Cornell Center for Materials Research. The central mission of the Cornell Center for Materials Research, which has existed since 1960, is to explore and advance the design, control, and fundamental understanding of materials through collaborative experimental and theoretical studies. The Center focuses on forefront problems that require the combined expertise of interdisciplinary teams of Cornell researchers and external collaborators. The goal of the research program is to explore fundamental challenges in interdisciplinary materials research that both impede technological progress and have a scope and complexity that require the sustained contribution of researchers from multiple disciplines. The CCMR research program is organized into three IRGs and a number of Seeds (smaller groups exploring new topics). Three other activities complete the CCMR’s mission: educational outreach to K-12 teachers, students, and undergraduates; industrial outreach and knowledge transfer; and the operation of Shared Facilities that serve the broader materials research community, both on- and off-campus. The research focus ranges from the aim to discover, understand, and apply new mechanisms for controlling spins in magnetic devices, to understand, create, and harness exceptionally strong light-matter interactions for scientific discoveries and future photonic information processing technology, and, to explore the fundamental challenges associated with transducing small local signals (physical, chemical, etc.) into global observable changes at nanoscale dimensions (origami and kirigami).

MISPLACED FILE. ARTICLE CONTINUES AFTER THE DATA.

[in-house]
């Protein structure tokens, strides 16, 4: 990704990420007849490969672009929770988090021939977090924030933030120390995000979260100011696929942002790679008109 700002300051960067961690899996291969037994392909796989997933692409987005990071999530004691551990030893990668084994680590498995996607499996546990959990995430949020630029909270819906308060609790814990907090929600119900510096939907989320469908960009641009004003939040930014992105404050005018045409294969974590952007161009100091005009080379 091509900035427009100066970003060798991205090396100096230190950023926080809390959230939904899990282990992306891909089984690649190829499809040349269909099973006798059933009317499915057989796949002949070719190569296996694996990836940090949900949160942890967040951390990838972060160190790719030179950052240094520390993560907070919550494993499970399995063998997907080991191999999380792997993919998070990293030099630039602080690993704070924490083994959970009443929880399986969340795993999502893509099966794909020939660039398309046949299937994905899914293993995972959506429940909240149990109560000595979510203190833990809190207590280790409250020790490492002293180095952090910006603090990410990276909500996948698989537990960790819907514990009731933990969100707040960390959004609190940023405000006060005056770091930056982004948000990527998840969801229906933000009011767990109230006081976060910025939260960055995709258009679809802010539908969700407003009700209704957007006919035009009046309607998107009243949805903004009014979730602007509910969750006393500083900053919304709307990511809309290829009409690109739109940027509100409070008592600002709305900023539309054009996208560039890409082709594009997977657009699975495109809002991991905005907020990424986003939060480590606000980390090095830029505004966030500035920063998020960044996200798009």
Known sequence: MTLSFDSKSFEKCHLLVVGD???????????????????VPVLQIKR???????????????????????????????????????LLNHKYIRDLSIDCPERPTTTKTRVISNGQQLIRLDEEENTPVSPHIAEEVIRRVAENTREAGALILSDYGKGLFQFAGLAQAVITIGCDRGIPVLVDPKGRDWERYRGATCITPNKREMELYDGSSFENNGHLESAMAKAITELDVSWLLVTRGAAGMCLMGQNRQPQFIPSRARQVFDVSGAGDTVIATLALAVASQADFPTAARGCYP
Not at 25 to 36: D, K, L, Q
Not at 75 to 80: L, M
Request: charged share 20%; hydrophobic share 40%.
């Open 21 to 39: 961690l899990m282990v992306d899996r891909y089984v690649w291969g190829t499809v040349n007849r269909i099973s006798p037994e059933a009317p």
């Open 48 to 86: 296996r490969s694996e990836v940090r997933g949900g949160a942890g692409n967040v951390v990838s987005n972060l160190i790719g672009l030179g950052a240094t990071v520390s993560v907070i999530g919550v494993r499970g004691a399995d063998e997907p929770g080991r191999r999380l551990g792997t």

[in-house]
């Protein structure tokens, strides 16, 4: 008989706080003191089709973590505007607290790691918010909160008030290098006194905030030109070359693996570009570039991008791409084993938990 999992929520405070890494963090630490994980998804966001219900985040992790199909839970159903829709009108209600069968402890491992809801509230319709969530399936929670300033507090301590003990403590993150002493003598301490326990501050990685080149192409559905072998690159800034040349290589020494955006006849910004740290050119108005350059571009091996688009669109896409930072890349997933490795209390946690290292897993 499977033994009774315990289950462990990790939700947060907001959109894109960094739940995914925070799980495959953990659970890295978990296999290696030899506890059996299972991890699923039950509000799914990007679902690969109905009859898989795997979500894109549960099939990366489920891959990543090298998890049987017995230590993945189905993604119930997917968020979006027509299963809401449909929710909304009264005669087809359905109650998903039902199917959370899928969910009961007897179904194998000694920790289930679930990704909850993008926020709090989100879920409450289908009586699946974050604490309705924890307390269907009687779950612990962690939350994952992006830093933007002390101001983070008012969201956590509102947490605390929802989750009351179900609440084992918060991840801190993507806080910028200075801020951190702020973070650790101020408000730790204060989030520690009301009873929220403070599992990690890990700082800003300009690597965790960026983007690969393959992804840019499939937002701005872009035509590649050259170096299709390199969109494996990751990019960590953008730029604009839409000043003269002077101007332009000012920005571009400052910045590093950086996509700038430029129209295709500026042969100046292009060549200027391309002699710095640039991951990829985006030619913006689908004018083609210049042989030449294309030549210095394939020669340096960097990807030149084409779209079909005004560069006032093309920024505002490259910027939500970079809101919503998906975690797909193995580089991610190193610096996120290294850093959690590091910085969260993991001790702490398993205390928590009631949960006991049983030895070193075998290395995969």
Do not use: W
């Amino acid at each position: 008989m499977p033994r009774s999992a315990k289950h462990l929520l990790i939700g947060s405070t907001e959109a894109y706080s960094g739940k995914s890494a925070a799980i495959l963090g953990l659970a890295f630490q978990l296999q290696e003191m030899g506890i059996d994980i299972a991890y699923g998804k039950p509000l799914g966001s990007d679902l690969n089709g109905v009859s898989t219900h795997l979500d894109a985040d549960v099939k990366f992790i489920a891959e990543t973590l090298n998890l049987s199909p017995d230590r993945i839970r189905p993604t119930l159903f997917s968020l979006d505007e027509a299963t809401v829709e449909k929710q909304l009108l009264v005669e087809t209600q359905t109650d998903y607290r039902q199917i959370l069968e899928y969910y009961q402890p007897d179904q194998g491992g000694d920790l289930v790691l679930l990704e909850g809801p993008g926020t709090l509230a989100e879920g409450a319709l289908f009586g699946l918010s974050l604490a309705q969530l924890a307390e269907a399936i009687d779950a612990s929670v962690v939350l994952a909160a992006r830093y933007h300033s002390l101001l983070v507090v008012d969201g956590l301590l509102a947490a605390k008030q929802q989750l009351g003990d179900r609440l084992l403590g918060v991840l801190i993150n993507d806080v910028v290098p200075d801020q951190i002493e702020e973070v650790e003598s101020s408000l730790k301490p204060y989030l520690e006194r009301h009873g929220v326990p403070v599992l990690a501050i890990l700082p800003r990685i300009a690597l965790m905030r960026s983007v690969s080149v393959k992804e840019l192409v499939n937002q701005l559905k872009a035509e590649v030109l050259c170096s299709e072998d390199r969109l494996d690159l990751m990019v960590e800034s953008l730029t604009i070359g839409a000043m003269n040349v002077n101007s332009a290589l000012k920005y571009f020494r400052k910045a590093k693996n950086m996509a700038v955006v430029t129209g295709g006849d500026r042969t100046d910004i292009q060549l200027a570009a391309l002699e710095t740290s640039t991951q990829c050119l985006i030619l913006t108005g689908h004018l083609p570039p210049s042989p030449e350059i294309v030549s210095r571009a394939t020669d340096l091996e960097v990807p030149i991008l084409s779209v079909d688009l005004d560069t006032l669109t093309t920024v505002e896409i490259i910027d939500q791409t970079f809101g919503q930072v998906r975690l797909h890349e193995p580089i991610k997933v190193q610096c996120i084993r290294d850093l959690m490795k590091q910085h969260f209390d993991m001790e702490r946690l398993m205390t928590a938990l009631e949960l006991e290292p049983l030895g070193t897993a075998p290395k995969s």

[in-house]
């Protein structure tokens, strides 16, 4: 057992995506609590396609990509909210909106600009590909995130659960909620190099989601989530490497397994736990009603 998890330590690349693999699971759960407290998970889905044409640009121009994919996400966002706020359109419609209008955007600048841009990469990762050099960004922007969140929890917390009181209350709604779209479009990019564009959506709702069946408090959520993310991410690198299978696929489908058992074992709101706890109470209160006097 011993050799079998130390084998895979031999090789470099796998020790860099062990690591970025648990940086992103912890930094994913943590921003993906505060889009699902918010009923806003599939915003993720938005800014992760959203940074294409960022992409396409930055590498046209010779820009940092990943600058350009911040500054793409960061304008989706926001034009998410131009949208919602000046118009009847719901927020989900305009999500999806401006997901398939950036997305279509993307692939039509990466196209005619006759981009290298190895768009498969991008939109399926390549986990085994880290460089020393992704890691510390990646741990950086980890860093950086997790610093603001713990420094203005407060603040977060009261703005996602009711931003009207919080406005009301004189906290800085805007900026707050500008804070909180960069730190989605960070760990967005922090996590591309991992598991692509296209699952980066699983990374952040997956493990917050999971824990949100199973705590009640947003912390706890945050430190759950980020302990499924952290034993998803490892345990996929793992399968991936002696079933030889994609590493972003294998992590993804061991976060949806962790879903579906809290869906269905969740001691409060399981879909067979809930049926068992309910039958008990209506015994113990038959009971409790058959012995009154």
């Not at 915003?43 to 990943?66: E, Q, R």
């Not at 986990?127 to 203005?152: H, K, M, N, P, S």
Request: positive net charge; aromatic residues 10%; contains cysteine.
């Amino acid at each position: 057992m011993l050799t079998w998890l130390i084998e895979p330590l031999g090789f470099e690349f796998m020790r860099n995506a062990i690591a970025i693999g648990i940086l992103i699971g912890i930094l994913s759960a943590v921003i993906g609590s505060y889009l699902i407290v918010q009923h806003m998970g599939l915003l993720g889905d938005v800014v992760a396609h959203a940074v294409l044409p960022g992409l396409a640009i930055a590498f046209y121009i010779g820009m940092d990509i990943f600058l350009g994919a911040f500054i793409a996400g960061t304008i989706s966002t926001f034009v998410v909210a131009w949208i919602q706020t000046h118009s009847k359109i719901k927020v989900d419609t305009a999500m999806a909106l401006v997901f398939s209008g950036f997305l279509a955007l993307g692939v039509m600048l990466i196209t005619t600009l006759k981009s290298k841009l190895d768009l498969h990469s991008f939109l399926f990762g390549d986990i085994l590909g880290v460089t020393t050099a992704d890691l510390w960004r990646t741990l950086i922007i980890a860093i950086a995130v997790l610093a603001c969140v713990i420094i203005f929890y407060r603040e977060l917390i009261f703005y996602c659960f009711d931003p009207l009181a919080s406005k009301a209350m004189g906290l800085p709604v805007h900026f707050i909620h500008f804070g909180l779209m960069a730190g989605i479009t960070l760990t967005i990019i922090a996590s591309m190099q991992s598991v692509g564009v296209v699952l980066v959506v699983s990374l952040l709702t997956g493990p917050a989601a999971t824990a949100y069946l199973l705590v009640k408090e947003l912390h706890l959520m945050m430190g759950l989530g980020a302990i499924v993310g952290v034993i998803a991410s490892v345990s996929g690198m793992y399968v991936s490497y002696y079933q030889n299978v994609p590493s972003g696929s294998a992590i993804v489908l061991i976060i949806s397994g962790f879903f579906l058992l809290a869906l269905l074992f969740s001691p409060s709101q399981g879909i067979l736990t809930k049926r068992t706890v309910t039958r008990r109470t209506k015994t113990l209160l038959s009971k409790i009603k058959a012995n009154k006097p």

Northwestern University Materials Research Science and Engineering Center. Also created in the early 1960s, this Center integrates materials research, education, and outreach through two IRGs and with external partners in academia, industry, national laboratories, and museums, both domestically and abroad. NU-MRSEC’s research informs a diverse range of education and outreach activities that target all levels including postdocs, graduate students, undergraduates, K-12 students/teachers, and the general public. Outreach examples include Transdisciplinary Engineering and Theater Workshops that create original science-themed plays and Jugando con la Ciencia (Playing with Science) that translates outreach curricula and texts into Spanish. This MRSEC explores how heterojunctions consisting of nanoelectronic materials of differing dimensionality are influenced by dielectric screening, electronic band/level offsets, and interfacial regions, and aims to develop new heteroanionic materials with tunable electronic, ionic, thermal, and optical properties, which are otherwise inaccessible from simpler homoanionic structures and chemistries.